We writers often feel a tension between our art and the business of entertainment. I think some fiction writers embrace themeselves more than others as entertainment-industry workers. (Bear with me, I’m going somewhere, not trying to be snooty.)
For those of us like me who write novels more as art than as entertainment, sometimes the urge to write about flawed, tragic characters is strong, because it’s inside those characters that we can explore universal human themes, probe the darker sides of human nature, and try to make a contribution to literature and discourse.
So when I sometimes write about gay men who do terrible things or suffer terrible fates, I’m probably not thinking about how people are going to complain that I’m not representing gay men accurately. I’m writing a novel with themes and symbolism and ideas I want to explore through fiction.
This can make my agent pull her hair out, because of course she IS an entertainment-industry worker and she has to remind me that she represents me because I’m supposed to be one too. Publishing is a business, not a non-profit art museum. (That’s a quote of hers.)
So for me, at least, writing positive, authentic queer protagonists demands thoughtful balance. How can I do that and stay true to the kind of dramatic tension I like to use to probe uncomfortable subjects and issues?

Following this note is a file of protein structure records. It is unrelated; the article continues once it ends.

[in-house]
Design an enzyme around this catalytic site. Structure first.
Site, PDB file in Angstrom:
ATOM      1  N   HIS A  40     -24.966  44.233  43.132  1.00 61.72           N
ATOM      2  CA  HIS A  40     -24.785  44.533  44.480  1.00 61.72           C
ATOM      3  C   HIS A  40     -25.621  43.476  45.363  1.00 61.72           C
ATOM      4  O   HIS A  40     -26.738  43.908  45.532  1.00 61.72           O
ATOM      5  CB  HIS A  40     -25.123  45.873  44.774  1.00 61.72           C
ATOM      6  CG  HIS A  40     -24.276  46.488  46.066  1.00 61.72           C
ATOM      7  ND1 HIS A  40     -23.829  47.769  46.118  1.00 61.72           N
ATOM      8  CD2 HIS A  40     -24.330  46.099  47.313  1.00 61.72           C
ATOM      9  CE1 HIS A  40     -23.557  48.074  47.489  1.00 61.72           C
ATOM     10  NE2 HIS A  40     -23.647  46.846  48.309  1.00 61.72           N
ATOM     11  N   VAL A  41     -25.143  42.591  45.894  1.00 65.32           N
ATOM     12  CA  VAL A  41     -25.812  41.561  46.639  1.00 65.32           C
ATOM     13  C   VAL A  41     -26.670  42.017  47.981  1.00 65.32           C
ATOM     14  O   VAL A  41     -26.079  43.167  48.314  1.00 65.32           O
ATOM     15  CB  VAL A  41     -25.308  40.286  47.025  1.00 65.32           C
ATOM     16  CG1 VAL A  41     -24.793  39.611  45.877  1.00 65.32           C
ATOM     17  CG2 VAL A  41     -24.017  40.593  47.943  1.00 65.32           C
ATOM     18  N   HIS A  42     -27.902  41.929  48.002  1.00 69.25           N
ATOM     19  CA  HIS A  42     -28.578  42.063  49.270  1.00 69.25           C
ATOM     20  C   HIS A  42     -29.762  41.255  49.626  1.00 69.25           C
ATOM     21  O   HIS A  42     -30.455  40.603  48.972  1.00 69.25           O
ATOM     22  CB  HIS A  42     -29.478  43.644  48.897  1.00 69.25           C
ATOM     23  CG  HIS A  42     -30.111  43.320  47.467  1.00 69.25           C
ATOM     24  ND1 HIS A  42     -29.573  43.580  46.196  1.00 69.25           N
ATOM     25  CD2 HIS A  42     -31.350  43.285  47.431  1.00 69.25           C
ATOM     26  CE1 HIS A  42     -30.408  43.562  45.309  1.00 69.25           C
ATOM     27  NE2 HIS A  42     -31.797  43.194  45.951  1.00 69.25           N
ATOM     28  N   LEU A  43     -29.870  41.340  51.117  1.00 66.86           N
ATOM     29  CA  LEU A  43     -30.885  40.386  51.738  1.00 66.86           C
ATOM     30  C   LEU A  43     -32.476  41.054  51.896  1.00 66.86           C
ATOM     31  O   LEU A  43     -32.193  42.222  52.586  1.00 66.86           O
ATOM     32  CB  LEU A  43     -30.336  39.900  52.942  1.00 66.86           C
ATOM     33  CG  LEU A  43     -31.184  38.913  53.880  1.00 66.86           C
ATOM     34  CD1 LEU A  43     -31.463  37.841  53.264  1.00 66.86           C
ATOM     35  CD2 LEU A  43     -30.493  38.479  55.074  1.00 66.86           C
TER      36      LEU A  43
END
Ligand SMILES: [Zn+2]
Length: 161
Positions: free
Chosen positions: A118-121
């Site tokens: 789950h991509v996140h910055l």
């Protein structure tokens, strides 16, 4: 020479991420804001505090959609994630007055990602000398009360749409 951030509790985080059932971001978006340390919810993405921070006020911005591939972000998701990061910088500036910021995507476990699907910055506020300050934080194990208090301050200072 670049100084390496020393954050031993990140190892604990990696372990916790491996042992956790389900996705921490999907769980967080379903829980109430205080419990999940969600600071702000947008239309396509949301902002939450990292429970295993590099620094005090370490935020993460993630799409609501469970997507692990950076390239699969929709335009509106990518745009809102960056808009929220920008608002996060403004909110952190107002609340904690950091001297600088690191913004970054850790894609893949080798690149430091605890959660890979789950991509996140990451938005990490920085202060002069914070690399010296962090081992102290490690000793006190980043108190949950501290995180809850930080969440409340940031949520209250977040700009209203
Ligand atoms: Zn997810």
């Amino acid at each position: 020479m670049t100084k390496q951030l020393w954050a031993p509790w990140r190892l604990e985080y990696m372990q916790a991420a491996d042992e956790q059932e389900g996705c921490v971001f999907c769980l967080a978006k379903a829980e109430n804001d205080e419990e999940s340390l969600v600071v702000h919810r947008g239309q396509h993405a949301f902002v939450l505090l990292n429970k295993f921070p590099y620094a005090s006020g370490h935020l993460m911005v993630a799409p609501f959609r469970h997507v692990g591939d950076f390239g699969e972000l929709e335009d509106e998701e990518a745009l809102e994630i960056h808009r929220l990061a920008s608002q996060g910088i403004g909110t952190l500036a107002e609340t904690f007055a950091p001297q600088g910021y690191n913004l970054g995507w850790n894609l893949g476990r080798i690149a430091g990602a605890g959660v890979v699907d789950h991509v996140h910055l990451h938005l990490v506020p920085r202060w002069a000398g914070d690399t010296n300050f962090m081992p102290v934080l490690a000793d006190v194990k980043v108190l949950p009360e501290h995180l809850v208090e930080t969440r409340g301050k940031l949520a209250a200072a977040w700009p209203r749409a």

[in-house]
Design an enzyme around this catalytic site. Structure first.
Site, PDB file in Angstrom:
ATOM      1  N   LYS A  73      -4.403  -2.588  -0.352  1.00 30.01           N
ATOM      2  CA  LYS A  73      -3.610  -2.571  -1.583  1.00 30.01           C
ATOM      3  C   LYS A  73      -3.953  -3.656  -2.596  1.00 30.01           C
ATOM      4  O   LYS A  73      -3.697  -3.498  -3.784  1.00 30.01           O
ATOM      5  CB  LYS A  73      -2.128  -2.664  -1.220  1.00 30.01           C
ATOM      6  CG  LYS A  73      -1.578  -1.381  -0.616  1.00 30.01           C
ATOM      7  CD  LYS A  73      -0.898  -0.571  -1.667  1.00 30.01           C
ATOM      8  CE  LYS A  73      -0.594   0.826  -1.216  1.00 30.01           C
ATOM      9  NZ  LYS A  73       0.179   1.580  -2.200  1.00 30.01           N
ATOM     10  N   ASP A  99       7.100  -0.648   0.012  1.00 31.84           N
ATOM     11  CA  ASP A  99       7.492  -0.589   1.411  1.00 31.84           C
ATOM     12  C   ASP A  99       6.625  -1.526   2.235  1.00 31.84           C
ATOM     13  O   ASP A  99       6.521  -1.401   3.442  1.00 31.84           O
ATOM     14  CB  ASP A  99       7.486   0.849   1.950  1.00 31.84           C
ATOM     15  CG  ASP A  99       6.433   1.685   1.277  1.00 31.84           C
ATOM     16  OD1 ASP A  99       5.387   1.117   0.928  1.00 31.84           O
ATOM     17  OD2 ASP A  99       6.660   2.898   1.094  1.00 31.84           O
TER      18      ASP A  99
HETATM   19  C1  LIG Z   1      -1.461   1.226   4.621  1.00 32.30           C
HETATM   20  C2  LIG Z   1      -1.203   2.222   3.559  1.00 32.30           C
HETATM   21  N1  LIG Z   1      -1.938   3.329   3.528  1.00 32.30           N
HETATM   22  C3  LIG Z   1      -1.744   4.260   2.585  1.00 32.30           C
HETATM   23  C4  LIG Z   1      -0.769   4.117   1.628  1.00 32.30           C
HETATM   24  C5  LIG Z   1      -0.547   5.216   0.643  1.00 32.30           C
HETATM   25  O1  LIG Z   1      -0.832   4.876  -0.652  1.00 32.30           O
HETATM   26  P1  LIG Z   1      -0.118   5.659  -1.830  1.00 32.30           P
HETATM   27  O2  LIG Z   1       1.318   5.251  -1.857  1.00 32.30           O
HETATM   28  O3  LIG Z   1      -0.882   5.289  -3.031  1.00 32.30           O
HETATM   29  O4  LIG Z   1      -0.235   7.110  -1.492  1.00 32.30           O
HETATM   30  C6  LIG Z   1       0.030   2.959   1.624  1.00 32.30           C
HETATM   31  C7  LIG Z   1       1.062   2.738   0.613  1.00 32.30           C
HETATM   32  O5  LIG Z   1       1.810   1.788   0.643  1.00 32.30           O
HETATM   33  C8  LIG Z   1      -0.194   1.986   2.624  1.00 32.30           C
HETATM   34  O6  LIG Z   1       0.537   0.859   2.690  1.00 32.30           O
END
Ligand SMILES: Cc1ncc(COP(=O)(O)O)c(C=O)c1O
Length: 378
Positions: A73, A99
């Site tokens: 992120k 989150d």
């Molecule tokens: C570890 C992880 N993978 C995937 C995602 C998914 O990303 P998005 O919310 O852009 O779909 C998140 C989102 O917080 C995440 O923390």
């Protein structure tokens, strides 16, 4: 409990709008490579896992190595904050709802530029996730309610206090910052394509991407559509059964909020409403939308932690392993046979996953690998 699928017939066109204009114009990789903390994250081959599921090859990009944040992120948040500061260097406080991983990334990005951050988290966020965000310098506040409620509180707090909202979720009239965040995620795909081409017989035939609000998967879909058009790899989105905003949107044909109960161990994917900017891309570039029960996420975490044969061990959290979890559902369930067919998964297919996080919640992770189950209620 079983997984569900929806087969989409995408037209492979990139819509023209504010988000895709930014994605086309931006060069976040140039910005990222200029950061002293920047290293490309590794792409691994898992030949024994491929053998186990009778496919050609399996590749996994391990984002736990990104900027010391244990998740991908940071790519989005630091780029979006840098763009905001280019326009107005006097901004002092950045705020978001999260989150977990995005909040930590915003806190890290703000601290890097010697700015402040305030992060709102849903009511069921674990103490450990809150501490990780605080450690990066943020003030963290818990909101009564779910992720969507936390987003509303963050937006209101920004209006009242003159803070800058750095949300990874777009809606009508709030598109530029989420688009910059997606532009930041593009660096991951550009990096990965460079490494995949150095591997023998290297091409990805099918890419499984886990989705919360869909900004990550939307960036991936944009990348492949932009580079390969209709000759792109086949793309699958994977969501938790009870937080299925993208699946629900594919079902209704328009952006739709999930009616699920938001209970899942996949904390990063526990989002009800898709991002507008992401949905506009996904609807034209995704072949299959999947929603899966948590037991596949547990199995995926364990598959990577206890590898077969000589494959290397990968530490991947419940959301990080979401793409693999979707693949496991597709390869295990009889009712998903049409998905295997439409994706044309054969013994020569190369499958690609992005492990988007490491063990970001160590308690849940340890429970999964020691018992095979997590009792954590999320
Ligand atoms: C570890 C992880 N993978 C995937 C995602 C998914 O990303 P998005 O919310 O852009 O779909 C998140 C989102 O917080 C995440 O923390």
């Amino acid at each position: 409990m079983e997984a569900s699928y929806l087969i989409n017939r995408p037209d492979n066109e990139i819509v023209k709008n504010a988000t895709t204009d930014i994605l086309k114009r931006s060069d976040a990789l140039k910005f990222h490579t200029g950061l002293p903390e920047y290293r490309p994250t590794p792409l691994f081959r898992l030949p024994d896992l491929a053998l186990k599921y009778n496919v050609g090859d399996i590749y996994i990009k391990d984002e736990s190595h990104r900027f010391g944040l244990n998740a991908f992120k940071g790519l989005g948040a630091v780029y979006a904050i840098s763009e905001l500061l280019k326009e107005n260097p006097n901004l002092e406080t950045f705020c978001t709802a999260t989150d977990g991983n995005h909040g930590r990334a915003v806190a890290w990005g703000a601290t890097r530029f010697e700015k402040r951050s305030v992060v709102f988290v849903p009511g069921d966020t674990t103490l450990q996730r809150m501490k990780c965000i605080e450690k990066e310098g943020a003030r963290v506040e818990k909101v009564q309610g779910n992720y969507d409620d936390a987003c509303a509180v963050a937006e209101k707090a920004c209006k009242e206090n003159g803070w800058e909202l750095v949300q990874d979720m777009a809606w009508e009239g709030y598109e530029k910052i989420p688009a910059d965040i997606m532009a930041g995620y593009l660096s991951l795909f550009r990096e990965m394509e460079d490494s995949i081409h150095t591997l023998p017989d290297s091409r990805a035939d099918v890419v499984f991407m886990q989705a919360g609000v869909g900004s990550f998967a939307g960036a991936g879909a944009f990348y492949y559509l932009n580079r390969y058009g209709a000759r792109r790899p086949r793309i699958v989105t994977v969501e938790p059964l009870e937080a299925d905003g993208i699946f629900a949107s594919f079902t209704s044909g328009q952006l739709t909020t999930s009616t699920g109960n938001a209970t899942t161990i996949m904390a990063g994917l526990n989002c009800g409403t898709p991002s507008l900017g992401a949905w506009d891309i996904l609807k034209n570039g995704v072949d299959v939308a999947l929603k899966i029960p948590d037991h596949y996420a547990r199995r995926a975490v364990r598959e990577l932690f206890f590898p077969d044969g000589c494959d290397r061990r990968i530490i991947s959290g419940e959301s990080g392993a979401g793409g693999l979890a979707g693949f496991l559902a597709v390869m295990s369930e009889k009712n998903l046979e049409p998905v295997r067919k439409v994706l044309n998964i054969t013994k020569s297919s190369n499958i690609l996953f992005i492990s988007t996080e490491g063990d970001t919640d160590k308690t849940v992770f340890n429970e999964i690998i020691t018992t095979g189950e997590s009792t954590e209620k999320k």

I guess the balance can be found in writing mixes of LGBT characters with various human flaws, some tragic, most not.
In David and the Lion’s Den, a novel set during the height of the AIDS era in New York City, one of my gay characters is a monster who traffics immigrants and sexually abuses them. Another is a force of optimism, love, and charity. But my protagonist is neither. He has a good heart, but he’s often blind to others, unintentionally self absorbed, imperceptive, and thoughtless. Like a real person.
Like in any classic tragedy, David and his friends pay a steep price for his flaws, though by the end of the novel, he has grown toward becoming a more self and other-aware person.
I wouldn’t say I’ve written a positive character, exactly, but I’ve written a character people can like and identity with despite (or maybe because of) his flaws.
Yet I’ve been criticized for not being “representative.” Well, perhaps not, but I think I was being real. I think that drawing my protagonists as uniform forces of goodness and light wouldn’t be very interesting. I get the pressure to provide positive role models and to advance the presence of ordinary queer characters in fiction, and I do that with some characters.
But in the end, the most interesting literary characters are complex mixes of good, bad, and ugly.
And we writers all have our own takes on how to explore humanity. We owe representation, without any question, but we also owe truth in our art.
What’s really hard is working out how to both at the same time!